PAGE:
His last lead role was in The Undertaker, a slasher film. The film was completed in 1988, but was never released for the public and existed only in an incomplete form. The Undertaker was later re-edited for a DVD release by Code Red in 2010. The film is considered a cult classic, due in part to Joe Spinell's involvement and its long and troubled production.

Spinell's very last role was a supporting part in playing a U.S. government official, named Hansen, in the low-budget 1989 action-thriller Rapid Fire, his second (and last) film in working with director David A. Prior for AIP, which was filmed in Mobile, Alabama a few weeks before his death.

Death[edit]

Spinell died in his apartment located off of Greenpoint Avenue in Sunnyside, Queens, New York on January 13, 1989 at the age of 52. Sometime during that morning, he cut himself badly on his glass shower stall door after apparently slipping in his bathtub while showering. Soon afterward he fell asleep on his couch instead of calling for help, and his hemophilia caused him to bleed to death. His body was found by his friend Vincent Gabriele. Gabriele had phoned Spinell that evening after a woman who knew Vincent called and said Spinell did not sound well. Gabriele called, and Spinell asked him to stop over and bring some ice cream and other groceries. However, when he got there about 20 minutes after the call, Spinell did not answer the door. Gabriele then called the building superintendent who said he didn't have a key so Gabriele called 911. The ambulance workers entered the apartment through the fire escape where they found Spinell dead sitting on his living room couch. Sitting on a white sheet draped over the couch, Spinell bled to death over part of the couch from an apparent deep cut on the back of his head.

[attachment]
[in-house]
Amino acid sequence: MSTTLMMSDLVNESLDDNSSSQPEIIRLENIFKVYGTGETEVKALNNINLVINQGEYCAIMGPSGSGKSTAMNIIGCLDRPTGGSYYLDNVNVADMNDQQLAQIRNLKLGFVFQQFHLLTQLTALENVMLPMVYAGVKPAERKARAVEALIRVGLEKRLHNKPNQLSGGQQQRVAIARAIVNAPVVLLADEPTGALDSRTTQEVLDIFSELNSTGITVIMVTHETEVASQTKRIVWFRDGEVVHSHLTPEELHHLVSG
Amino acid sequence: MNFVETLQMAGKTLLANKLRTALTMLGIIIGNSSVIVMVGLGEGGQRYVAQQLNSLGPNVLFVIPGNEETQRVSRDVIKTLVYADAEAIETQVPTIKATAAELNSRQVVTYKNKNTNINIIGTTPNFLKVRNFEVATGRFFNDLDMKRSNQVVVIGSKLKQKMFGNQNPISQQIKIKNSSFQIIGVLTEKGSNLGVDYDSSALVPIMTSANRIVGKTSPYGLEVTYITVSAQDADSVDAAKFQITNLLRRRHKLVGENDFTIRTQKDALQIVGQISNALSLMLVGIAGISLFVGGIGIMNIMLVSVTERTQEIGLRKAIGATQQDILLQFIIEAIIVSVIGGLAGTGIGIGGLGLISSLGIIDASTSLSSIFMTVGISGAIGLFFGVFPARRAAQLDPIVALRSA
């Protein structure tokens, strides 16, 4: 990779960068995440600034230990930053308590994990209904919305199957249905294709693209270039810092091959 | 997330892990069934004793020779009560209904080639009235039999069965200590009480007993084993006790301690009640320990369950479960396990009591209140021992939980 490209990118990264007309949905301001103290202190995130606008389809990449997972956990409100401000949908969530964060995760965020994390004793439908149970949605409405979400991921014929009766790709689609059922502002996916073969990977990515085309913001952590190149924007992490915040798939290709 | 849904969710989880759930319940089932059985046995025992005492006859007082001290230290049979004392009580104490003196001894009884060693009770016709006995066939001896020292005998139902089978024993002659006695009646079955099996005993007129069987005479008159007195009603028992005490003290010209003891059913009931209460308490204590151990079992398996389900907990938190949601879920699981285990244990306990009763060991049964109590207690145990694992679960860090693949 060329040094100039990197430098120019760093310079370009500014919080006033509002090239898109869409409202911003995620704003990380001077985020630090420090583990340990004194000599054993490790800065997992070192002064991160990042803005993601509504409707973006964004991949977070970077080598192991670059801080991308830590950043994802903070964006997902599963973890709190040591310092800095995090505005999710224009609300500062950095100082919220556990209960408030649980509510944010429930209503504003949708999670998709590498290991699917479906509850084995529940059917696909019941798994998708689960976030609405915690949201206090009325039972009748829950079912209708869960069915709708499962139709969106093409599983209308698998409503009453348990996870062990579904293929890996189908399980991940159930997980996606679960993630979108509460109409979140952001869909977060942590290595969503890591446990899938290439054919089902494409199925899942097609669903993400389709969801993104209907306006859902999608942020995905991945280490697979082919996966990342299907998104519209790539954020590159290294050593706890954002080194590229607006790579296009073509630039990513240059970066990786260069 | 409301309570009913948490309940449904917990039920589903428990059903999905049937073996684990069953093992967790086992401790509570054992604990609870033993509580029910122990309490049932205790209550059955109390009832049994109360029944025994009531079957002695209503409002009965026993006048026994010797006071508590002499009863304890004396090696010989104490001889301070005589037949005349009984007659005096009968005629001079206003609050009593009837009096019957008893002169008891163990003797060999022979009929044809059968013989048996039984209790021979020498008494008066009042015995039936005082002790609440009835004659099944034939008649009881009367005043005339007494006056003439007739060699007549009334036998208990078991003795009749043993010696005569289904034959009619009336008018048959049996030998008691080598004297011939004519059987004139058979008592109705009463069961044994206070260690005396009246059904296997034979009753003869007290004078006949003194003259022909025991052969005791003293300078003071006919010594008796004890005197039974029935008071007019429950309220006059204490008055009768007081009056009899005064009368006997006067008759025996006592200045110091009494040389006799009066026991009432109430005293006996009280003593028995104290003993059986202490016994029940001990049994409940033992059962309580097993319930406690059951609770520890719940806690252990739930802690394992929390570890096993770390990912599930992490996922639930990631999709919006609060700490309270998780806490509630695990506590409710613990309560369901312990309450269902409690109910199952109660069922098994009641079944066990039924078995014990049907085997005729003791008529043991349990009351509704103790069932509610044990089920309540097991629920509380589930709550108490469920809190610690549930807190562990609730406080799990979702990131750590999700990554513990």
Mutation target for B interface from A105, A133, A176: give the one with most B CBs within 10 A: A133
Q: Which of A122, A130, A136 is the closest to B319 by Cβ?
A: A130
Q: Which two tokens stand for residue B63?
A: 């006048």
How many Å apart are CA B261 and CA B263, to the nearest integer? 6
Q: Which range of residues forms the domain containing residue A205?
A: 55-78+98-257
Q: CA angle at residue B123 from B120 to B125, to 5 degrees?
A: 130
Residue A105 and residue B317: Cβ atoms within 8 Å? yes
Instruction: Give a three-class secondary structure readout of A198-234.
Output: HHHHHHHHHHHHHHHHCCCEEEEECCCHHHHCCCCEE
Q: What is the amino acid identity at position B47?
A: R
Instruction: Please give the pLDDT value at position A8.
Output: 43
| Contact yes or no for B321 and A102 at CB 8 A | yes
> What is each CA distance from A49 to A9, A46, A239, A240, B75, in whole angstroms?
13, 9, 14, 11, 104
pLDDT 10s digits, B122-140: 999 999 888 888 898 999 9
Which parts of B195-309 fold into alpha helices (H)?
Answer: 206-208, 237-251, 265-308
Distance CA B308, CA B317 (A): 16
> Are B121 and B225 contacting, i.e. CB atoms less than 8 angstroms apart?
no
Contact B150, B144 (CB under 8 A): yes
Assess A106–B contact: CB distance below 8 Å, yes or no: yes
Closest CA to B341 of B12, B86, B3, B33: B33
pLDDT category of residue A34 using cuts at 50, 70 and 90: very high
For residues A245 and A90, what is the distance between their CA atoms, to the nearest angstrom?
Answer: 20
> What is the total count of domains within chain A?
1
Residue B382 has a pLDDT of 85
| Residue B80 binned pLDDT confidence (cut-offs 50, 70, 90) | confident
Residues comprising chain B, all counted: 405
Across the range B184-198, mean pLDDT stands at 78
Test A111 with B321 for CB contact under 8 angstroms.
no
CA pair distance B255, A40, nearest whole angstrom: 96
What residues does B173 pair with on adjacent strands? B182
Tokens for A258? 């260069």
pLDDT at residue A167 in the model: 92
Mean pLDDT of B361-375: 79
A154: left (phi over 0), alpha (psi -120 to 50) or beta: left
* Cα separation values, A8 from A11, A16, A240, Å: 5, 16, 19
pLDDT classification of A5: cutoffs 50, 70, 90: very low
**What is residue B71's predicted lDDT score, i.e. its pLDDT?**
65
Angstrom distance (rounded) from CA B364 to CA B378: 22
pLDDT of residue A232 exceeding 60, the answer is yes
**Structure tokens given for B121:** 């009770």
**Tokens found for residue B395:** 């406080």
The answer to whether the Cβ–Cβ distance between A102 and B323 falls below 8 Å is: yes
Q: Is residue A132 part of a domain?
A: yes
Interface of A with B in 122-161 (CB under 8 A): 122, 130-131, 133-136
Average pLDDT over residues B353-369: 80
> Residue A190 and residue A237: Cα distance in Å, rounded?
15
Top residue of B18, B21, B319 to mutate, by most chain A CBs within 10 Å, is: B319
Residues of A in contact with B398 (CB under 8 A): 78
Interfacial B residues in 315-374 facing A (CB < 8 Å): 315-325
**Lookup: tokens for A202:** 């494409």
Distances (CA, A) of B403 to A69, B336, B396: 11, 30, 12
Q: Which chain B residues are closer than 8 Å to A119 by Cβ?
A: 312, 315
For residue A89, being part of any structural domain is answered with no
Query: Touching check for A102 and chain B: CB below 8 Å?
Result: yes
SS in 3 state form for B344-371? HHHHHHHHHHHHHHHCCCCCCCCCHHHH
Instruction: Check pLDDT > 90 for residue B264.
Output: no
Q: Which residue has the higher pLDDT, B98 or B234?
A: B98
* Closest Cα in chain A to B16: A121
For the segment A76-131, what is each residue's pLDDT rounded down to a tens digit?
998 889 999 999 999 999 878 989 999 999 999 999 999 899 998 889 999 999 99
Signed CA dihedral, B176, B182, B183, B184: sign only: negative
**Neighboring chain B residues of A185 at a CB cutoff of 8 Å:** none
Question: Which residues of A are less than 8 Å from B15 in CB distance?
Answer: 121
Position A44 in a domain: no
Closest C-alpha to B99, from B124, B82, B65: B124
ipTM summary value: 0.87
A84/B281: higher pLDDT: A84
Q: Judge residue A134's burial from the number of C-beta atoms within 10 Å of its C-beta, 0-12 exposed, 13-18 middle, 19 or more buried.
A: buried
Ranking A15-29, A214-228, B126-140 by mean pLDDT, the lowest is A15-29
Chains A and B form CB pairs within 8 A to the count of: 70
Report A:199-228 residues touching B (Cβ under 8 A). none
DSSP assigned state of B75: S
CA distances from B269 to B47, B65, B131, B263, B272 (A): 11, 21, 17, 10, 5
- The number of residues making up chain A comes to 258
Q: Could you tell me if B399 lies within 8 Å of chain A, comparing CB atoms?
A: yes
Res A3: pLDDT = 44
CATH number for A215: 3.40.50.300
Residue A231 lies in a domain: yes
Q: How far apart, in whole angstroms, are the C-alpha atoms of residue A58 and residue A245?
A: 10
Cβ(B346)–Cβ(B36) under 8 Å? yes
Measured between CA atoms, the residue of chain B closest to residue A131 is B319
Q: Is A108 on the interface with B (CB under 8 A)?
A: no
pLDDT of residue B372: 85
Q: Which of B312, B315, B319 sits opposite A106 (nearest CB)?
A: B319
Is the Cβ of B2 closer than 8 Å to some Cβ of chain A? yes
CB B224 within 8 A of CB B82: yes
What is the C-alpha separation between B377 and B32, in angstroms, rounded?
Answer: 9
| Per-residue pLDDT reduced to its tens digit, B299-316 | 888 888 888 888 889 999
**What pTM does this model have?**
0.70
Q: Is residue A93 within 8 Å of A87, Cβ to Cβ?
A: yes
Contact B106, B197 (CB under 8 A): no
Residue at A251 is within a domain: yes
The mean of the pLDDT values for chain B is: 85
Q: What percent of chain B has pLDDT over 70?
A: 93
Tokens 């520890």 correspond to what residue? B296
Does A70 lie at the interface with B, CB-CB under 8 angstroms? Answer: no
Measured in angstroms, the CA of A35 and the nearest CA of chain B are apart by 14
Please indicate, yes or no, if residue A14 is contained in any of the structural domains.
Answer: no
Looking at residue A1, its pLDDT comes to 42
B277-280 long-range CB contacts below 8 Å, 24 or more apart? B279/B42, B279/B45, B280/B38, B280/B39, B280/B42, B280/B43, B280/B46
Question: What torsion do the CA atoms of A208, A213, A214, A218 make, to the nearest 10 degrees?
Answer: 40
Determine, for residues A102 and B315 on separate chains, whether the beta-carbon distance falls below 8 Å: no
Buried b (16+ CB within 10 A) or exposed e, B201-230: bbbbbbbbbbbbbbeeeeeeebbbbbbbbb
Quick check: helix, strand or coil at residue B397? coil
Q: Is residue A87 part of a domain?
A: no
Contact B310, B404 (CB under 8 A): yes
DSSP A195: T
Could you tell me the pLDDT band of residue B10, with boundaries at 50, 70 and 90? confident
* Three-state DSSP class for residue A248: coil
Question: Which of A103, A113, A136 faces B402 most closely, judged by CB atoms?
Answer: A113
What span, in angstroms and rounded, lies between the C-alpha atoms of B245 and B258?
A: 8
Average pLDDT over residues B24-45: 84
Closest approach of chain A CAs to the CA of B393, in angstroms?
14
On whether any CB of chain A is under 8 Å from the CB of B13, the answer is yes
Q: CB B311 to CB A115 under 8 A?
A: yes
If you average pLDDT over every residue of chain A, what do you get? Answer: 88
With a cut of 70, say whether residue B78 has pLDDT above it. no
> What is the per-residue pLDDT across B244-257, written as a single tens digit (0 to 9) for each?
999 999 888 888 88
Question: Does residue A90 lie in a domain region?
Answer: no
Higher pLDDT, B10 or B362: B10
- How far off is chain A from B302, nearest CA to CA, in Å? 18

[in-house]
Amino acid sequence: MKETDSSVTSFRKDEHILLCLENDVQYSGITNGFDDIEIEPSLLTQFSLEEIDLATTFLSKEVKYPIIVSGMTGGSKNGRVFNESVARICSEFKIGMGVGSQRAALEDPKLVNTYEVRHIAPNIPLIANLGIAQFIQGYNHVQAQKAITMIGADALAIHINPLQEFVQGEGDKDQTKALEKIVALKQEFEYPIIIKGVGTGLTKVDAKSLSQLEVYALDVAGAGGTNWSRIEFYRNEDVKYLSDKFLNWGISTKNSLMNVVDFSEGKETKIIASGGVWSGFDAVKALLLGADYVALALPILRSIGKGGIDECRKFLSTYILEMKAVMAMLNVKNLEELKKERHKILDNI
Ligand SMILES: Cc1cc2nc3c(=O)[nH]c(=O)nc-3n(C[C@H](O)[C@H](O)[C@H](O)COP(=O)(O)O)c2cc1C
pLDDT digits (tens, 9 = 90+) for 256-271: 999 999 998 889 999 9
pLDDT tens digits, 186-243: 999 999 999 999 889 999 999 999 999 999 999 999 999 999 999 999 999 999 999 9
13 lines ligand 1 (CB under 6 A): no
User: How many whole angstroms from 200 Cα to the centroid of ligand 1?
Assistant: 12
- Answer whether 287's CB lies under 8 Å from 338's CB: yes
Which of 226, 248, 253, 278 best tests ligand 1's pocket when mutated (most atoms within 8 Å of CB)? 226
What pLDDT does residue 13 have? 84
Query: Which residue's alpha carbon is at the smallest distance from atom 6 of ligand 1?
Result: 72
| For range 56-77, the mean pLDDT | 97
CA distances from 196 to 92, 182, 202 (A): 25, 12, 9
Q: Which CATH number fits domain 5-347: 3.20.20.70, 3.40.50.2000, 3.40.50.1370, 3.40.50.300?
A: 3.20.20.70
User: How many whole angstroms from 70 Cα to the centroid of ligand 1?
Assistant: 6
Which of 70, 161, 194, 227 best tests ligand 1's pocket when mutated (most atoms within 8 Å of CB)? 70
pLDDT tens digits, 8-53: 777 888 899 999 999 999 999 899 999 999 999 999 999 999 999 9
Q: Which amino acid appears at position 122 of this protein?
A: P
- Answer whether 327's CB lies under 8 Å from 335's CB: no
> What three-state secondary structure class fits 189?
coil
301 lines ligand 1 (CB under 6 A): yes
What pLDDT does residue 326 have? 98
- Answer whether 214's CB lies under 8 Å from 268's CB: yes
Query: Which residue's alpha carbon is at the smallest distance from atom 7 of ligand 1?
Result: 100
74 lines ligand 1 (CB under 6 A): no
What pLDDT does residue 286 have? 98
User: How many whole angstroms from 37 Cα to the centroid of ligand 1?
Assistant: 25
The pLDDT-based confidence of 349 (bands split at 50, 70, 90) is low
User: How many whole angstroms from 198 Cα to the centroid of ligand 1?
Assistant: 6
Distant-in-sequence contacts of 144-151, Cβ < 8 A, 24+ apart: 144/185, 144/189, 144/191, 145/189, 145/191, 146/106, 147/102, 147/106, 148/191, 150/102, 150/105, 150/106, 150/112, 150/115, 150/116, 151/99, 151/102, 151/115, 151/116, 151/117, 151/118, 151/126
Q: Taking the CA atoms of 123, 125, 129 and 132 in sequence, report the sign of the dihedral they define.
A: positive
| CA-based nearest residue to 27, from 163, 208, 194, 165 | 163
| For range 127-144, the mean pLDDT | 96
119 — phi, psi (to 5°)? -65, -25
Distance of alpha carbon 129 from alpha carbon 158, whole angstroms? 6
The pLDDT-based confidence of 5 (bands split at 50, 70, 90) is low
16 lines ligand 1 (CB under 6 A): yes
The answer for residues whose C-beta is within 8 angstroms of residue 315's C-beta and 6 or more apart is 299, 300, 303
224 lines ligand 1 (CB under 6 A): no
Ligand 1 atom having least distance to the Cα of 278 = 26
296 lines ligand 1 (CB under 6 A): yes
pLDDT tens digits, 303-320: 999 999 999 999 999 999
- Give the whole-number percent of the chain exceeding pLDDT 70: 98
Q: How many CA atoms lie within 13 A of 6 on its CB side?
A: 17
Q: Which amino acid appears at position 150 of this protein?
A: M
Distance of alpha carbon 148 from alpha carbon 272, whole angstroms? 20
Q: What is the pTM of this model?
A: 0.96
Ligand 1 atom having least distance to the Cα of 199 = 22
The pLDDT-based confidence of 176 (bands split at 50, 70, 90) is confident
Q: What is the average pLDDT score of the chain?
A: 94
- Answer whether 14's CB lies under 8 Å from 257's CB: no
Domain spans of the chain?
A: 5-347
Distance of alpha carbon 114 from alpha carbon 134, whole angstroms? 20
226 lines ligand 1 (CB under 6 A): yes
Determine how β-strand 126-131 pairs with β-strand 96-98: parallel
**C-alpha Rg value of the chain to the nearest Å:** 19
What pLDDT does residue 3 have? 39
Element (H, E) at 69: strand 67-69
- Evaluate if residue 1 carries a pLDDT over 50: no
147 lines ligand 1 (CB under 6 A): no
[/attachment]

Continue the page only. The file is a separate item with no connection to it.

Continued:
Spinell was buried in Calvary Cemetery, Queens near his home.

Personal life[edit]